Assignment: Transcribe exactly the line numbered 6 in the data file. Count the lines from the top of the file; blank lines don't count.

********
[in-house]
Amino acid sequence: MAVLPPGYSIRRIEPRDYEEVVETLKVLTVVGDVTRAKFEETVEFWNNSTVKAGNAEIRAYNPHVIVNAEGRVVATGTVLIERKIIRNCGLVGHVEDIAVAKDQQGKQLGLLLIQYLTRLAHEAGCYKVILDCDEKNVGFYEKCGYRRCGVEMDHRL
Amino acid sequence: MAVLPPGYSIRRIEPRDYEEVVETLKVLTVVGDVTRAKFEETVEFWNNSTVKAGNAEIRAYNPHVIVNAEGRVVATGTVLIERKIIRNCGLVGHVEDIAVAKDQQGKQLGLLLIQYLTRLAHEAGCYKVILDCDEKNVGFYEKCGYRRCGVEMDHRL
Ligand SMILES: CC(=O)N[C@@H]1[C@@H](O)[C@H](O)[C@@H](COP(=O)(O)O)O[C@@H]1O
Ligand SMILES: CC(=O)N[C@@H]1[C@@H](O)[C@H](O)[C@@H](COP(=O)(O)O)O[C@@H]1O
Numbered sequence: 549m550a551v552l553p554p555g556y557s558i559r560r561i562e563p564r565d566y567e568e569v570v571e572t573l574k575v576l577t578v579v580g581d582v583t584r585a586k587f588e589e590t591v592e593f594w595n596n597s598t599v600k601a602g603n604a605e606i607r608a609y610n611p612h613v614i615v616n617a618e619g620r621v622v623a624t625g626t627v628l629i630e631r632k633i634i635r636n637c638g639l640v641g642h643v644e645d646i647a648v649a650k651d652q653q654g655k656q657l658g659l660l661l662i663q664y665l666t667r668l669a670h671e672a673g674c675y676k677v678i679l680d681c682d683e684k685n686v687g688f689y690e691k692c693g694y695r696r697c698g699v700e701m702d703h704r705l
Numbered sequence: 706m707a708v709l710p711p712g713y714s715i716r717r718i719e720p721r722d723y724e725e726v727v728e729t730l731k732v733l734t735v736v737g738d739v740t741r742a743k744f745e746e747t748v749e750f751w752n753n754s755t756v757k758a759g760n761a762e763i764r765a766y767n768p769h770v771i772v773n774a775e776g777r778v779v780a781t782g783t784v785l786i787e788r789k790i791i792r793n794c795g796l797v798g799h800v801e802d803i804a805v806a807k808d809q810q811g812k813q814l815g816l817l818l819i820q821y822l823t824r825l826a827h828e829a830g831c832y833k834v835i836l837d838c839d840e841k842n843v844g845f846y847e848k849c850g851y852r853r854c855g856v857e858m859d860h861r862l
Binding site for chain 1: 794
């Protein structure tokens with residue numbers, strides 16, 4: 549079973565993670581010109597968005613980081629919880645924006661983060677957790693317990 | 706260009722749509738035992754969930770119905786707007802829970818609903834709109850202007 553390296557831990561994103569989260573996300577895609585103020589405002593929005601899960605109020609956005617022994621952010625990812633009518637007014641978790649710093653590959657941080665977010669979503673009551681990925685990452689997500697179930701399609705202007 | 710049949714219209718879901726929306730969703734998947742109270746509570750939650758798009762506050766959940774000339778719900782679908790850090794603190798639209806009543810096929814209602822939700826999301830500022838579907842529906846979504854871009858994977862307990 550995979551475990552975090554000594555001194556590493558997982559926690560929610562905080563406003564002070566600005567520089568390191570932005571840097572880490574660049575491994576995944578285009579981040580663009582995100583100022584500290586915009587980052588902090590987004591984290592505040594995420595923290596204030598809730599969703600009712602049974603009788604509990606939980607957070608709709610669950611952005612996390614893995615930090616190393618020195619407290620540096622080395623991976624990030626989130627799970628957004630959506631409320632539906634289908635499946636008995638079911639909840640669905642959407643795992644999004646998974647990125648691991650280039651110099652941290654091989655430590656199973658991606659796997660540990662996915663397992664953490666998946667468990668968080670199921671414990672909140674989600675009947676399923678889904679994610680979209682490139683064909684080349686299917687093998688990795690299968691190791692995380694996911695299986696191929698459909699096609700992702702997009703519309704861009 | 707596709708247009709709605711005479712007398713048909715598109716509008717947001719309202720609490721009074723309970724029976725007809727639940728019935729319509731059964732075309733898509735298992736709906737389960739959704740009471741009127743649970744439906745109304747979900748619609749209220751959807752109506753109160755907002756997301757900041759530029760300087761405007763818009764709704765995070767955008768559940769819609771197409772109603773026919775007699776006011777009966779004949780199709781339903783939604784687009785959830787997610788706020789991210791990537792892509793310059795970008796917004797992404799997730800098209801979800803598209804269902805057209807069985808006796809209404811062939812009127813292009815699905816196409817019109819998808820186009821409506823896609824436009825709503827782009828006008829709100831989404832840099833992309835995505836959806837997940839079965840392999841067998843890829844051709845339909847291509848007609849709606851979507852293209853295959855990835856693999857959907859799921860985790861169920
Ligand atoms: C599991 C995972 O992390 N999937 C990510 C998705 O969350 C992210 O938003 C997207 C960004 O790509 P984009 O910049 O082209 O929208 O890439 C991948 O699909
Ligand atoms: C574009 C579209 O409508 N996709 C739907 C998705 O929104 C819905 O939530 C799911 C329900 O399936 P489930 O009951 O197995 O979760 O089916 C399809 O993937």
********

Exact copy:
Numbered sequence: 549m550a551v552l553p554p555g556y557s558i559r560r561i562e563p564r565d566y567e568e569v570v571e572t573l574k575v576l577t578v579v580g581d582v583t584r585a586k587f588e589e590t591v592e593f594w595n596n597s598t599v600k601a602g603n604a605e606i607r608a609y610n611p612h613v614i615v616n617a618e619g620r621v622v623a624t625g626t627v628l629i630e631r632k633i634i635r636n637c638g639l640v641g642h643v644e645d646i647a648v649a650k651d652q653q654g655k656q657l658g659l660l661l662i663q664y665l666t667r668l669a670h671e672a673g674c675y676k677v678i679l680d681c682d683e684k685n686v687g688f689y690e691k692c693g694y695r696r697c698g699v700e701m702d703h704r705l